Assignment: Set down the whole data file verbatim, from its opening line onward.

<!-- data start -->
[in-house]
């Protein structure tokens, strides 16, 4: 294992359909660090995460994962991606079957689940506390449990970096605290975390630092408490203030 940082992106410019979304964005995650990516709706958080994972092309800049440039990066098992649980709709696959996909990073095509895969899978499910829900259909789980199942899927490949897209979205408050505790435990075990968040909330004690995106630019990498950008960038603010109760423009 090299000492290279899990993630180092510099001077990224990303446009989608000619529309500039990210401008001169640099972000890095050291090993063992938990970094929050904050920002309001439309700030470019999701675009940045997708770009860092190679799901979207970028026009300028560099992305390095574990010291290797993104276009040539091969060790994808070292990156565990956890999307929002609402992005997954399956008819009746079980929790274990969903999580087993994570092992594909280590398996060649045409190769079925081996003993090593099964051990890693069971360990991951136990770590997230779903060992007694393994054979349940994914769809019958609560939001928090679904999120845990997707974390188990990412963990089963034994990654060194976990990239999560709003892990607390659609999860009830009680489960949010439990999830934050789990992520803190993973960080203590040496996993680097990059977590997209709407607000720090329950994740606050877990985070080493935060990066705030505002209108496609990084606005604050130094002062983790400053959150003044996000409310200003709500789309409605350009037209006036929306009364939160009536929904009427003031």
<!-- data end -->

[in-house]
């Protein structure tokens, strides 16, 4: 294992359909660090995460994962991606079957689940506390449990970096605290975390630092408490203030 940082992106410019979304964005995650990516709706958080994972092309800049440039990066098992649980709709696959996909990073095509895969899978499910829900259909789980199942899927490949897209979205408050505790435990075990968040909330004690995106630019990498950008960038603010109760423009 090299000492290279899990993630180092510099001077990224990303446009989608000619529309500039990210401008001169640099972000890095050291090993063992938990970094929050904050920002309001439309700030470019999701675009940045997708770009860092190679799901979207970028026009300028560099992305390095574990010291290797993104276009040539091969060790994808070292990156565990956890999307929002609402992005997954399956008819009746079980929790274990969903999580087993994570092992594909280590398996060649045409190769079925081996003993090593099964051990890693069971360990991951136990770590997230779903060992007694393994054979349940994914769809019958609560939001928090679904999120845990997707974390188990990412963990089963034994990654060194976990990239999560709003892990607390659609999860009830009680489960949010439990999830934050789990992520803190993973960080203590040496996993680097990059977590997209709407607000720090329950994740606050877990985070080493935060990066705030505002209108496609990084606005604050130094002062983790400053959150003044996000409310200003709500789309409605350009037209006036929306009364939160009536929904009427003031």